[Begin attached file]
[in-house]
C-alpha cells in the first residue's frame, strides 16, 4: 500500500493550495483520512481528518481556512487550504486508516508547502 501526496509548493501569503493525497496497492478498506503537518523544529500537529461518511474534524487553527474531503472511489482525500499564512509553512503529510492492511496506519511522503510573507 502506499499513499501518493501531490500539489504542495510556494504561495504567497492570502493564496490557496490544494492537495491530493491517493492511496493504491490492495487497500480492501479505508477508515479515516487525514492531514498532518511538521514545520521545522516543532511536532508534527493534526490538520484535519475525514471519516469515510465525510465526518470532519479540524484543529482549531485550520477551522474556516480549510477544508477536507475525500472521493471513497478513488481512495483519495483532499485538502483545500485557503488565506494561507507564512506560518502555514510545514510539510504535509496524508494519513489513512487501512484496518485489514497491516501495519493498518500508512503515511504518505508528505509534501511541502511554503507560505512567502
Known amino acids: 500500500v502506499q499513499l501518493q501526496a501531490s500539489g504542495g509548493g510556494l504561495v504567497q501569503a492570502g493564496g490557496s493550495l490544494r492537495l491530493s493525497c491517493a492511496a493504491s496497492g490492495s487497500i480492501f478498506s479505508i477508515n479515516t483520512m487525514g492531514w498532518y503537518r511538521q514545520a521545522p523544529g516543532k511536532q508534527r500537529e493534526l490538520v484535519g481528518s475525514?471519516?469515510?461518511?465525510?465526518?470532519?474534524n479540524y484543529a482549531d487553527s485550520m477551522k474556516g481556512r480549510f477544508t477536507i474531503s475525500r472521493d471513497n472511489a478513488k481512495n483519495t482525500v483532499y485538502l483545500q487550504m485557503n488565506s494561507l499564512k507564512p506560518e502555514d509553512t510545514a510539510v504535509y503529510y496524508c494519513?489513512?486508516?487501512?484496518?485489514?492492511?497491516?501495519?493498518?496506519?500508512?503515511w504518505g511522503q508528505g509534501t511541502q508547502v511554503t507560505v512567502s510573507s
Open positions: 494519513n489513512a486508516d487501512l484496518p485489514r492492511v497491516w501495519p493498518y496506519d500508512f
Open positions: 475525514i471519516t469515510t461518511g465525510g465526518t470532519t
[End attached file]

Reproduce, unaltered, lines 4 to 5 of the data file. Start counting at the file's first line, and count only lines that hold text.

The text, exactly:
Open positions: 494519513n489513512a486508516d487501512l484496518p485489514r492492511v497491516w501495519p493498518y496506519d500508512f
Open positions: 475525514i471519516t469515510t461518511g465525510g465526518t470532519t